HC Deb 04 April 1984 vol 57 cc1050-2

The public service obligation grants paid to British Rail for its railway services in the London Regional Transport area shall be paid directly by the Secretary of State for Transport to British Rail and shall not become a charge upon the London boroughs and their ratepayers without their agreement.'—[Mir. Snape]

Brought up, and read the First time.

9.45 pm
Mr. Snape

I beg to move, That the clause be read a Second time.

Mr. Deputy Speaker (Mr. Harold Walker)

With this it will be convenient to take amendment No. 53, in page 29, line 3, leave out clauses 35, 36, 37 and 38.

Mr. Snape

The Opposition believe that the implementation of part II offers no real prospect of much needed extra investment in London's rail services. On the contrary, we feel that the Bill threatens less investment and more expense to the ratepayers. I hope that, even at this early stage, I can convince both sides of the House of this essentially simple fact, but perhaps it is only simple to me.

Under the present public service obligation arrangements, real investment in London is inadequate. During our protracted debates in Committee —I do not know whether the Minister would call them that—we dealt in some detail with that aspect of the problem. Hon. Members on both sides of the Committee referred to the contribution of the Select Committee on Transport to investment in British Rail within the London area. Indeed, we referred in Committee to the Select Committee report and specifically to paragraph 4.25, which stated: British Rail gave us a graphic and familiar description of the effects of age and under-investment on their London and South East commuter services. There had, they said, been consistent under-investment in physical facilities and the inability to make proper provision for the future. This has resulted in a lowering of standards and a reduction in the quality of service provided. …At present, the level of investment is barely sufficient to maintain existing standards, let alone provide for the improvements in quality which are essential to ensure an attractive and efficient transport system. In recent years, the GLC has taken it upon itself—quite rightly—successfully to supplement that pathetically inadequate investment in BR. Yet the only reward for the GLC is to be threatened with abolition under the legislation that we are discussing——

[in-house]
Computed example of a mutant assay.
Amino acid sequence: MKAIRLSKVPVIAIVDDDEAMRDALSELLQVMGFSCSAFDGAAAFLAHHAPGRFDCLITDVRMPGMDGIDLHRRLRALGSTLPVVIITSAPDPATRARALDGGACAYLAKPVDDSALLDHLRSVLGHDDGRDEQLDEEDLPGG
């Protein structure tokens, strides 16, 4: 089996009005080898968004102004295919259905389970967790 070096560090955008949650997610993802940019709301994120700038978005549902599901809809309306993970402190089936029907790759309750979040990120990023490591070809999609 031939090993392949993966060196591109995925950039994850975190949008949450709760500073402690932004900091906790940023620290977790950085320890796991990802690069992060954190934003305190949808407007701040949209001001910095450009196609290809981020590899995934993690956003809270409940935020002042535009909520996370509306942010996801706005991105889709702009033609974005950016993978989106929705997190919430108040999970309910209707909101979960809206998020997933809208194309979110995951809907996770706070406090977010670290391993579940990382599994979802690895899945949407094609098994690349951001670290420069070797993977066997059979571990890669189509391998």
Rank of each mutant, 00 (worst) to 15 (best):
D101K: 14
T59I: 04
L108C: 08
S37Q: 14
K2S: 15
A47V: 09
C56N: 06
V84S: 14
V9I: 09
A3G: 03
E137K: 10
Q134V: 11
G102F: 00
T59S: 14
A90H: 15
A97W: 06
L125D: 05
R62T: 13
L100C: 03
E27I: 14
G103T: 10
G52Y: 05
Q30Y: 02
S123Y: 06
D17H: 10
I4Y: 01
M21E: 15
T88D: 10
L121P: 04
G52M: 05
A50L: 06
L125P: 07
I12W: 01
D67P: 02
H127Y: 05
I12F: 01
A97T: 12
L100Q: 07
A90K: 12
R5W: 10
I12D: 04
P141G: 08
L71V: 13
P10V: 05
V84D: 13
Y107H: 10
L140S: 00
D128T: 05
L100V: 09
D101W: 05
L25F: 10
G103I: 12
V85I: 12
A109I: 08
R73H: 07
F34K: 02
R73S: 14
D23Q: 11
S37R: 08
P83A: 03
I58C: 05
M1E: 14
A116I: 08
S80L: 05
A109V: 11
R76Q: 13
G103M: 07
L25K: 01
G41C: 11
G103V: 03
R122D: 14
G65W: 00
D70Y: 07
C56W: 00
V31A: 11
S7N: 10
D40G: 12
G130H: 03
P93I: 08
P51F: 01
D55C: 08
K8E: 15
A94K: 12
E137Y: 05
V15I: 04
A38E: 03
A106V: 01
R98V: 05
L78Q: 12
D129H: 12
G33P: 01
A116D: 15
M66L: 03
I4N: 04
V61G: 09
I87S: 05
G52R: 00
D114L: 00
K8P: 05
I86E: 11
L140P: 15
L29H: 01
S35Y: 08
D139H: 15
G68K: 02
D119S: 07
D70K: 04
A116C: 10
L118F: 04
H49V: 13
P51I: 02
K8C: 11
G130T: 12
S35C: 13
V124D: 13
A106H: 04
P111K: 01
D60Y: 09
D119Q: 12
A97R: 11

Mrs. Chalker


Mr. Snape

For the sake of the Minister, I shall be entirely accurate. The GLC's transport function will be stripped from it under the legislation that we are discussing. The legislation to bring about its abolition will, presumably, be introduced in the none-too-distant future. I hope that that is not too pedantic for the Minister and that it provides an accurate account of the likely events to come —[Interruption.] If the hon. Member for Fulham (Mr. Stevens) wishes to stick in his sixpennorth at this point in the debate, I should be delighted to give way to him. If he does not, I should be grateful if he would be silent.